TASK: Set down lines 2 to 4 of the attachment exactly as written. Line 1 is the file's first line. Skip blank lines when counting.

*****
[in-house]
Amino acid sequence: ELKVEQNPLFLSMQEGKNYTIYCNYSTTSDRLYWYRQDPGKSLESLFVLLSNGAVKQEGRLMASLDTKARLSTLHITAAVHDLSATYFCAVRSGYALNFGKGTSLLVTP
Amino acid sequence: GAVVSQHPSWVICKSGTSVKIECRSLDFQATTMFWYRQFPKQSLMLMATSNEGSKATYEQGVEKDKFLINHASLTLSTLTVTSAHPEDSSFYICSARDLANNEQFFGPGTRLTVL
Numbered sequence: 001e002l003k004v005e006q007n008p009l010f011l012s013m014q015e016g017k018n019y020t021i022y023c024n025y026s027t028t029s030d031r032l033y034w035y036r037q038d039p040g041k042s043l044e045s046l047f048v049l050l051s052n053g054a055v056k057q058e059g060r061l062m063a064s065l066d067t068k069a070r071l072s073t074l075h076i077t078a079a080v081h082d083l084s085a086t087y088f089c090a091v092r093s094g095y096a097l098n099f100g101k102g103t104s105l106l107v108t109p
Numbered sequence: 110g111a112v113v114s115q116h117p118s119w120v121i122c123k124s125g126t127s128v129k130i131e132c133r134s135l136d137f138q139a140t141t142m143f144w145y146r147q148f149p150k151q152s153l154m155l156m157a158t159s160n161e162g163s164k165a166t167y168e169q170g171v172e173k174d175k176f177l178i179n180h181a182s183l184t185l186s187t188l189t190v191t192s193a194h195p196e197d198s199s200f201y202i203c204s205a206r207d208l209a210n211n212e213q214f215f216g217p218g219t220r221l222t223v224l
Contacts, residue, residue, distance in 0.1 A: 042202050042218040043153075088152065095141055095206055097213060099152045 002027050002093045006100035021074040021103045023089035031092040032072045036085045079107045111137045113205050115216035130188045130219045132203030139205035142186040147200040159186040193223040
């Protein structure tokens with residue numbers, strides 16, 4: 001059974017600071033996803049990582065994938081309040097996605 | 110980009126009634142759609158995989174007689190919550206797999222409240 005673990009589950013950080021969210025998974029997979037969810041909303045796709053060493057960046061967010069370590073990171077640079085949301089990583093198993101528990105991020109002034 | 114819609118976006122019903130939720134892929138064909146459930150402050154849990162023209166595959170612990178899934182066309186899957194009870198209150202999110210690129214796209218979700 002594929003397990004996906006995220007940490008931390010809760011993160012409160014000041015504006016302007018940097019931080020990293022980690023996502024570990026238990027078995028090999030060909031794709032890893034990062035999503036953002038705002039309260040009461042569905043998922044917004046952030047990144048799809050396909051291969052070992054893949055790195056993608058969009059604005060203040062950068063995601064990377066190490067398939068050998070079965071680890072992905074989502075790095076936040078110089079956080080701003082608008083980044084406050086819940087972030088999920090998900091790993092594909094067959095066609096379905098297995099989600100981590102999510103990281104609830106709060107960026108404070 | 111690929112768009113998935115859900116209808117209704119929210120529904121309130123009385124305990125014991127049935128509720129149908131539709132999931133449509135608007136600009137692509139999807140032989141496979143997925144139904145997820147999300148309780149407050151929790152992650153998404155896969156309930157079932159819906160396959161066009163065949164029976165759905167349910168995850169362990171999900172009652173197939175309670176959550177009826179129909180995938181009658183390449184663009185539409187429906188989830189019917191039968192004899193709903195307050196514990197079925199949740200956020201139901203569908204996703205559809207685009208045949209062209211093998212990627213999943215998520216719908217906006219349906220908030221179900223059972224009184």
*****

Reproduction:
Amino acid sequence: ELKVEQNPLFLSMQEGKNYTIYCNYSTTSDRLYWYRQDPGKSLESLFVLLSNGAVKQEGRLMASLDTKARLSTLHITAAVHDLSATYFCAVRSGYALNFGKGTSLLVTP
Amino acid sequence: GAVVSQHPSWVICKSGTSVKIECRSLDFQATTMFWYRQFPKQSLMLMATSNEGSKATYEQGVEKDKFLINHASLTLSTLTVTSAHPEDSSFYICSARDLANNEQFFGPGTRLTVL
Numbered sequence: 001e002l003k004v005e006q007n008p009l010f011l012s013m014q015e016g017k018n019y020t021i022y023c024n025y026s027t028t029s030d031r032l033y034w035y036r037q038d039p040g041k042s043l044e045s046l047f048v049l050l051s052n053g054a055v056k057q058e059g060r061l062m063a064s065l066d067t068k069a070r071l072s073t074l075h076i077t078a079a080v081h082d083l084s085a086t087y088f089c090a091v092r093s094g095y096a097l098n099f100g101k102g103t104s105l106l107v108t109p